At least one of the first, the second, the third and the fourth sets of data can be visualized graphically on a computer screen, e.g. plotted into a Cartesian coordinate system, e.g. plotting average weight of items out of a vertical axis while average overweight of batches are plotted out of a horizontal axis, vice versa. In the same coordinate system, or in other coordinate systems, one or more of the correlation insignias may be plotted.
The first and the fourth sets of data may represent one of:
Correspondingly, the second and the third sets of data may represent one of:
In a preferred embodiment, the system can recalculate expected characteristics of batches based on user input and/or acquired data. As an example, the user can enter characteristics of items, e.g. an average weight of items, into the system, which then calculates expected characteristics of the batches, e.g. an average overweight. The calculation could be based on empirical data or an analytically determined mathematical function, i.e. the procedure could create a random set of items based on the characteristics entered (e.g. average weight, standard deviation and normal distribution), and then using the same algorithm to batch the created set of numbers as being used in the real world. The result is the expected characteristics of the batches.
According to a second aspect, the present invention relates to a method of analysing process data in a batching process of an integrated item batching and information handling system of the kind comprising a process flow line with item batching means arranged between an item intake and at least one batch receptacle, and first sensing means for establishing data representing characteristics of items entering the intake, said method comprising the steps of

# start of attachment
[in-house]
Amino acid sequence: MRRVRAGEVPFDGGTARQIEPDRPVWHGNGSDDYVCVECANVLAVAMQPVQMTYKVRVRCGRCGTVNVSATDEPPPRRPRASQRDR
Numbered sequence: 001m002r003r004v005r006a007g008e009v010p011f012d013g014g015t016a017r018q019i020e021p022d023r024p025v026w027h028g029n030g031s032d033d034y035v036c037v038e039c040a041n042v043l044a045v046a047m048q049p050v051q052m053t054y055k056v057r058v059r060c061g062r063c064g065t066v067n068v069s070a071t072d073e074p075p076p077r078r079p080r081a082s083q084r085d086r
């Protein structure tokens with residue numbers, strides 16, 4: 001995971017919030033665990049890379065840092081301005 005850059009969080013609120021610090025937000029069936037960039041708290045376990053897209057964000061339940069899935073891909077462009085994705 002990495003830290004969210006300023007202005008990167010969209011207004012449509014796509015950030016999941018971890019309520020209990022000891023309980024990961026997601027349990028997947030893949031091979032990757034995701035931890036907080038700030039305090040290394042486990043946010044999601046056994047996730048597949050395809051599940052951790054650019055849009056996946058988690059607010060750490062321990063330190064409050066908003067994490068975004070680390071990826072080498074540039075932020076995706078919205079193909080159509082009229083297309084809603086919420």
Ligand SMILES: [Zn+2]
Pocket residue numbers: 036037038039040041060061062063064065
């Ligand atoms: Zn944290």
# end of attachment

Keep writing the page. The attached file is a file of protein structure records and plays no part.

In particular, the method is concerned with analysing weight data of a food processing equipment in accordance with any of the features described for the system according to the first aspect of the invention.
In the following, a preferred embodiment of the invention will be referred to in the term of a SmartPack system. The system will be described in further details with reference to the drawing in which:
The SmartPack system monitors the evolution of overweight in batches—in the following text referred to as packs. It will enable an operator of the system to monitor and decide how to minimize overweight in packs that are currently running. An operator can choose to monitor the packs that are most important by value and therefore increase the pack margin.
The user interface of the client computer systems 24-26 is in accordance with a standard architecture of the general computer interfaces of the batching system. The software has two different access levels, Operator and Administrator level. The SmartPack system has no adjustment or setup tables but only reports for monitoring, both historical and real-time.
An operator level of the user interface is intended for a production supervisor. It visualizes of the following real time graphs.
Overpack shows two different real-time graphs. It has selection box for current packs in production and the user can select pack to be monitored.
The operator of the system can print out various reports selected from a report menu.
In the following, a number of reports will be described in further detail.
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|U.S. Classification||705/28, 703/13|
|International Classification||G06Q10/08, G06F17/50, G01G19/30, B07C5/18|
|Cooperative Classification||G06Q10/087, G01G19/303, B07C2501/0081, B07C5/18|
|European Classification||G06Q10/087, G01G19/30B, B07C5/18|
|Jun 27, 2007||AS||Assignment|
Owner name: MAREL HF., ICELAND
Free format text: ASSIGNMENT OF ASSIGNORS INTEREST;ASSIGNORS:GUDJONSSON, PETUR;ROGNVALDSSON, MAGNUS H.;REEL/FRAME:019515/0511
Effective date: 20070621
|Jan 23, 2014||FPAY||Fee payment|
Year of fee payment: 4